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Digital Subscriptions > Gay Times > October 2016 > Joe Orton

Joe Orton

You’d have known if you’d seen playwright Joe Orton during the 1960s. Black leather jacket, peaked cap, white t-shirt and jeans, he cut a dash in a city over-congested with lookers. Despite nearly 50 years after his death, his style was effortlessly 21st century.

It wasn’t just his chic presence that got people talking. Orton was one of Britain’s finest dramatists. Possessed with a rare talent, the 34-year-old was set to follow in the footsteps of Oscar Wilde and Noël Coward, and would’ve done had his partner not bludgeoned him to death at the peak of his fame.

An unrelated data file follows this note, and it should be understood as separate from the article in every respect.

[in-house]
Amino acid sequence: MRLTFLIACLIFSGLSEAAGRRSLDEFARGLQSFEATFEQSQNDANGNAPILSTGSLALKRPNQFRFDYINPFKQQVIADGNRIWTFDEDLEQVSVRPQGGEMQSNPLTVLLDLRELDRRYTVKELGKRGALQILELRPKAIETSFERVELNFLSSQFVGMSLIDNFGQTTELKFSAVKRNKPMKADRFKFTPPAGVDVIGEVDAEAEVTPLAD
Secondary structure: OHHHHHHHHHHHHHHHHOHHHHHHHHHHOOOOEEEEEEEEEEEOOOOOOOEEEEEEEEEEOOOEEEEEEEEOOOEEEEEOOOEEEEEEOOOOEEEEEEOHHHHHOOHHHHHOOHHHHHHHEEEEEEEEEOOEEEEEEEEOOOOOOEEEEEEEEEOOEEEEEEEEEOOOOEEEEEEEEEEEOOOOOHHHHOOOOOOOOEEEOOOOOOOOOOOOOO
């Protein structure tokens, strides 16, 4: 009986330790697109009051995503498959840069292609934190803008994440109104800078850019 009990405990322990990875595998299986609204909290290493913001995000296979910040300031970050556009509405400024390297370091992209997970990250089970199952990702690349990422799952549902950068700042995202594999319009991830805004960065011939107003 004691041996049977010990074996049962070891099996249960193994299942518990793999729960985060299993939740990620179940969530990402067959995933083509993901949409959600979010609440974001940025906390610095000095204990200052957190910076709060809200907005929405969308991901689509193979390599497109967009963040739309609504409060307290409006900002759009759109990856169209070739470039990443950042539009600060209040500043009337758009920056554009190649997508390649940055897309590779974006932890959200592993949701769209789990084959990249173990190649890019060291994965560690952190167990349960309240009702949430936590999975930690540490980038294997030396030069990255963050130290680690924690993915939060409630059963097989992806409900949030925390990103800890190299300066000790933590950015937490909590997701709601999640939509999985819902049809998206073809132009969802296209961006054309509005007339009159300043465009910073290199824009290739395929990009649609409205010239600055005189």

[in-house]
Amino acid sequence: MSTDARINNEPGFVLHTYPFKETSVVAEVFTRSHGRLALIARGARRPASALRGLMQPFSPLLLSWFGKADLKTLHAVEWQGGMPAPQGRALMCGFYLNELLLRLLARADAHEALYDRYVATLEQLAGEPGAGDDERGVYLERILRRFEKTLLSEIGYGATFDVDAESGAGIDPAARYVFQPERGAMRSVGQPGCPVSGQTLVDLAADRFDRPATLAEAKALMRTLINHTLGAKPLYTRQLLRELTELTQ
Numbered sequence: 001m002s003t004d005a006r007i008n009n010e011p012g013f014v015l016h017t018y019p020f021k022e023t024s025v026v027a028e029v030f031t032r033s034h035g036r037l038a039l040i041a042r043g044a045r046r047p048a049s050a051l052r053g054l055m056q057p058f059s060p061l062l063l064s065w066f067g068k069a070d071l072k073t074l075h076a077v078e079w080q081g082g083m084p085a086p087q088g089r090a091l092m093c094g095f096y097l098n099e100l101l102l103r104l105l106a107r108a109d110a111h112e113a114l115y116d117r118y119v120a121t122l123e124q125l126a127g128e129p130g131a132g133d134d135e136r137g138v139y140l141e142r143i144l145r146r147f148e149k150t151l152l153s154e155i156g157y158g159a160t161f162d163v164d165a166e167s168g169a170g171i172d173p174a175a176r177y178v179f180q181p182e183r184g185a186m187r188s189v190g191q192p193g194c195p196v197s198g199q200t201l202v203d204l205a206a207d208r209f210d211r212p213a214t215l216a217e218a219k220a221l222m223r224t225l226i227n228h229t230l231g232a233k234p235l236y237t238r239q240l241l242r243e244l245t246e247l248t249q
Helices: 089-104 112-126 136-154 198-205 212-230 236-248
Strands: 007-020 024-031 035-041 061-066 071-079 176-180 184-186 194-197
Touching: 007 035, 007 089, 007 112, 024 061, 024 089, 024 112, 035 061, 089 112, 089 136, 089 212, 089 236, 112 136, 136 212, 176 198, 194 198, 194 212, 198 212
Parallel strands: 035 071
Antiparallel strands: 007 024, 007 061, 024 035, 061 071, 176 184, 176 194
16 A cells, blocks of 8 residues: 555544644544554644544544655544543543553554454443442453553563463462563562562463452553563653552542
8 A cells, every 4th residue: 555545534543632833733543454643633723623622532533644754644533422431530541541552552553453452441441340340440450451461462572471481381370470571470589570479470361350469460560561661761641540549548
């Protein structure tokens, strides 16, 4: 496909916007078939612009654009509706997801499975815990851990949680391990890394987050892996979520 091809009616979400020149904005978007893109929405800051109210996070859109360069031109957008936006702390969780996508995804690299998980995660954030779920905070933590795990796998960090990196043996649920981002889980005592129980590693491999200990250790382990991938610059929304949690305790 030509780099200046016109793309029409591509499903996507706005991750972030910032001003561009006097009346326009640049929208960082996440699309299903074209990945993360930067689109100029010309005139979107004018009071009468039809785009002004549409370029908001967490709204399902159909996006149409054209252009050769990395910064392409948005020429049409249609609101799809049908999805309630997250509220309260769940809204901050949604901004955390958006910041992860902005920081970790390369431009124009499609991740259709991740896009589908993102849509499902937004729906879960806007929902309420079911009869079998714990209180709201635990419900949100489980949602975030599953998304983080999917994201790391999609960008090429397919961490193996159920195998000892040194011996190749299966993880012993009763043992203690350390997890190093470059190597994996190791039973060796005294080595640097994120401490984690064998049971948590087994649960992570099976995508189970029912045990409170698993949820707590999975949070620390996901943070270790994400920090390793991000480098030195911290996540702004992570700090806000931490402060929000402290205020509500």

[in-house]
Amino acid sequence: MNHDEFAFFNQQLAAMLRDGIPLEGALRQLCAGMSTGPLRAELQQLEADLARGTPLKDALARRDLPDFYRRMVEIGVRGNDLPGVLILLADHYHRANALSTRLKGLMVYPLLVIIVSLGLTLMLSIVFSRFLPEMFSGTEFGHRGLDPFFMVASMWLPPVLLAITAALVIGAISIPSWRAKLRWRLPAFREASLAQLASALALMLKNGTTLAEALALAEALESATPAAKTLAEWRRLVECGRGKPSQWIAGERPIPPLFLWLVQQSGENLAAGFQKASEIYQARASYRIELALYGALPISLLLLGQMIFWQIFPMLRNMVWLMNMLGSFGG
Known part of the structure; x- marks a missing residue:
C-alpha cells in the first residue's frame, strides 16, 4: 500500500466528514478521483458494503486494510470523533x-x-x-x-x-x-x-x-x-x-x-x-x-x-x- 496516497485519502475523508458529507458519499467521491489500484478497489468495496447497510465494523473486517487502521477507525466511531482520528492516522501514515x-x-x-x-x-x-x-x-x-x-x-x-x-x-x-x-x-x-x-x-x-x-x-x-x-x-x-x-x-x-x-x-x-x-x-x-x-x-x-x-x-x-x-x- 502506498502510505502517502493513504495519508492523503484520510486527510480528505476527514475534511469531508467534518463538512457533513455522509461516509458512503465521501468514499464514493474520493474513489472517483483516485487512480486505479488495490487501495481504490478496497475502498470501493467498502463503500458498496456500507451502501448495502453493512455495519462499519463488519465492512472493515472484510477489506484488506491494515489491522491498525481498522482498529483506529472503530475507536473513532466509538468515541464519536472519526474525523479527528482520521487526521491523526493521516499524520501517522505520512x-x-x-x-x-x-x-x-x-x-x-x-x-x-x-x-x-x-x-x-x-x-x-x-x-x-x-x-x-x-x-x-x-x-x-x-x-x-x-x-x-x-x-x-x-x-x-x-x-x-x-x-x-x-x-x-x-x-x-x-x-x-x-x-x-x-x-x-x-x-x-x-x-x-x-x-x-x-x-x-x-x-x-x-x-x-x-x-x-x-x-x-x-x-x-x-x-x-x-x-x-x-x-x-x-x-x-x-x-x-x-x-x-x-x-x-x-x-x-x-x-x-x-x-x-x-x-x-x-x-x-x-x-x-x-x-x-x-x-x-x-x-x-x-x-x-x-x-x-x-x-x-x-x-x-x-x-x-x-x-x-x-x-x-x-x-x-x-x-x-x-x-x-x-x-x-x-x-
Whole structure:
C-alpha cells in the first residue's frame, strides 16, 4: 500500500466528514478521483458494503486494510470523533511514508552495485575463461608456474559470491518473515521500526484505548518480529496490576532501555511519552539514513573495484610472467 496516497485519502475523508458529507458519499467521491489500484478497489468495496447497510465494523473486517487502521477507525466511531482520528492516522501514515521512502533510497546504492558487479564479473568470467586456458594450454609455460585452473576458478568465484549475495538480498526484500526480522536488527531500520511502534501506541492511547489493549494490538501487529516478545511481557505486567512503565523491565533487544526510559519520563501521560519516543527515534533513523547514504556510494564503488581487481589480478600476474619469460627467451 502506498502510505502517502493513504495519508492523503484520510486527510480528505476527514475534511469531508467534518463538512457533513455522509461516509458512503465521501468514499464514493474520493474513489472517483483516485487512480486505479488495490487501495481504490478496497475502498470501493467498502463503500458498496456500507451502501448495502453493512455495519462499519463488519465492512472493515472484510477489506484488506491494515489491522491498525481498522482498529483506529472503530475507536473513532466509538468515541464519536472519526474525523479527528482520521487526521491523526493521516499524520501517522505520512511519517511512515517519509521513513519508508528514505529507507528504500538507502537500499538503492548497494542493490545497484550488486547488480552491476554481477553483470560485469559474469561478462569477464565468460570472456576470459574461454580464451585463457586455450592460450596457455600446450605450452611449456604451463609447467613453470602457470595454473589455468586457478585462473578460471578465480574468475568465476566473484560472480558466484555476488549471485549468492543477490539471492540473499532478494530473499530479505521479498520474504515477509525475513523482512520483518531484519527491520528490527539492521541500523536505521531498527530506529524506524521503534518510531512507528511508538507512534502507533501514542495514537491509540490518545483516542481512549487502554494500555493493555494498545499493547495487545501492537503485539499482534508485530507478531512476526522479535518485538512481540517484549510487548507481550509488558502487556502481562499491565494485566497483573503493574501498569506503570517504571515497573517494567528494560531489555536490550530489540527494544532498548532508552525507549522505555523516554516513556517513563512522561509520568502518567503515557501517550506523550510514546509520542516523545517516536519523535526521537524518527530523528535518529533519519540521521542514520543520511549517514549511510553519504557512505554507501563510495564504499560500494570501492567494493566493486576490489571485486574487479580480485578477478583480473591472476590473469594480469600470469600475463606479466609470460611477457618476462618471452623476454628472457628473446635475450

Even in 2016, Orton’s legacy remains hugely enticing, especially as his writing was spawned from a period in bondage to its past. Driven to affront the repressive morality of the era, Orton’s target was the establishment. The hypocrisy of sexual propriety a favourite taunt, Orton’s attitude was light years ahead of other dramatists of the period. Theatre’s first punk, no less.

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